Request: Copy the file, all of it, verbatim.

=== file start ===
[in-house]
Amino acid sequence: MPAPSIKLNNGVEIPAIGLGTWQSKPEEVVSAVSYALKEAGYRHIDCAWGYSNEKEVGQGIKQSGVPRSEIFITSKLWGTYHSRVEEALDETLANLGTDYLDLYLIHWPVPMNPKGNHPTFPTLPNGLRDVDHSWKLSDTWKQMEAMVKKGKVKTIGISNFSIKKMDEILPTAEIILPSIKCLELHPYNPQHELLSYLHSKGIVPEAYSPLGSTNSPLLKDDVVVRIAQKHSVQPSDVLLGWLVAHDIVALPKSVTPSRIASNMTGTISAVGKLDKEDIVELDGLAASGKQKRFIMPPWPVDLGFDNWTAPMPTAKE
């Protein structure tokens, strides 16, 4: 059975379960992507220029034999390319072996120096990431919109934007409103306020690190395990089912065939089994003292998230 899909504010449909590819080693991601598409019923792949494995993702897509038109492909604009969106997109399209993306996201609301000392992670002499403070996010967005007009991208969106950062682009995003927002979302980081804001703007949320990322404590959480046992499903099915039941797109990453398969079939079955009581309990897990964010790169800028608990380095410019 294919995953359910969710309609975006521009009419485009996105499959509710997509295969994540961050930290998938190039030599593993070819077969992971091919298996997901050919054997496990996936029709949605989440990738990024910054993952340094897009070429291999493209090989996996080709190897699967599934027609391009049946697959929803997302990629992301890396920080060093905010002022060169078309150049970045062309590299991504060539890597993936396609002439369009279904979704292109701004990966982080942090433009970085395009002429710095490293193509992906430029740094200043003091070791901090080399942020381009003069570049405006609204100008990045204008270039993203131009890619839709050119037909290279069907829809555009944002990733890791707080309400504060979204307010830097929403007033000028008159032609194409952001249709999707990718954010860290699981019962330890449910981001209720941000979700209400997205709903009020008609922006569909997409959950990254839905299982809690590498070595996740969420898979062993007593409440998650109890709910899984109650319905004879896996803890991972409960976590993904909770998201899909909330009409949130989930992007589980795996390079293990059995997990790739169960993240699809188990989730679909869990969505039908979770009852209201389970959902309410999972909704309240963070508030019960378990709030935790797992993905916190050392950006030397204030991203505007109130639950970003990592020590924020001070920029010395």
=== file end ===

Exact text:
[in-house]
Amino acid sequence: MPAPSIKLNNGVEIPAIGLGTWQSKPEEVVSAVSYALKEAGYRHIDCAWGYSNEKEVGQGIKQSGVPRSEIFITSKLWGTYHSRVEEALDETLANLGTDYLDLYLIHWPVPMNPKGNHPTFPTLPNGLRDVDHSWKLSDTWKQMEAMVKKGKVKTIGISNFSIKKMDEILPTAEIILPSIKCLELHPYNPQHELLSYLHSKGIVPEAYSPLGSTNSPLLKDDVVVRIAQKHSVQPSDVLLGWLVAHDIVALPKSVTPSRIASNMTGTISAVGKLDKEDIVELDGLAASGKQKRFIMPPWPVDLGFDNWTAPMPTAKE
């Protein structure tokens, strides 16, 4: 059975379960992507220029034999390319072996120096990431919109934007409103306020690190395990089912065939089994003292998230 899909504010449909590819080693991601598409019923792949494995993702897509038109492909604009969106997109399209993306996201609301000392992670002499403070996010967005007009991208969106950062682009995003927002979302980081804001703007949320990322404590959480046992499903099915039941797109990453398969079939079955009581309990897990964010790169800028608990380095410019 294919995953359910969710309609975006521009009419485009996105499959509710997509295969994540961050930290998938190039030599593993070819077969992971091919298996997901050919054997496990996936029709949605989440990738990024910054993952340094897009070429291999493209090989996996080709190897699967599934027609391009049946697959929803997302990629992301890396920080060093905010002022060169078309150049970045062309590299991504060539890597993936396609002439369009279904979704292109701004990966982080942090433009970085395009002429710095490293193509992906430029740094200043003091070791901090080399942020381009003069570049405006609204100008990045204008270039993203131009890619839709050119037909290279069907829809555009944002990733890791707080309400504060979204307010830097929403007033000028008159032609194409952001249709999707990718954010860290699981019962330890449910981001209720941000979700209400997205709903009020008609922006569909997409959950990254839905299982809690590498070595996740969420898979062993007593409440998650109890709910899984109650319905004879896996803890991972409960976590993904909770998201899909909330009409949130989930992007589980795996390079293990059995997990790739169960993240699809188990989730679909869990969505039908979770009852209201389970959902309410999972909704309240963070508030019960378990709030935790797992993905916190050392950006030397204030991203505007109130639950970003990592020590924020001070920029010395």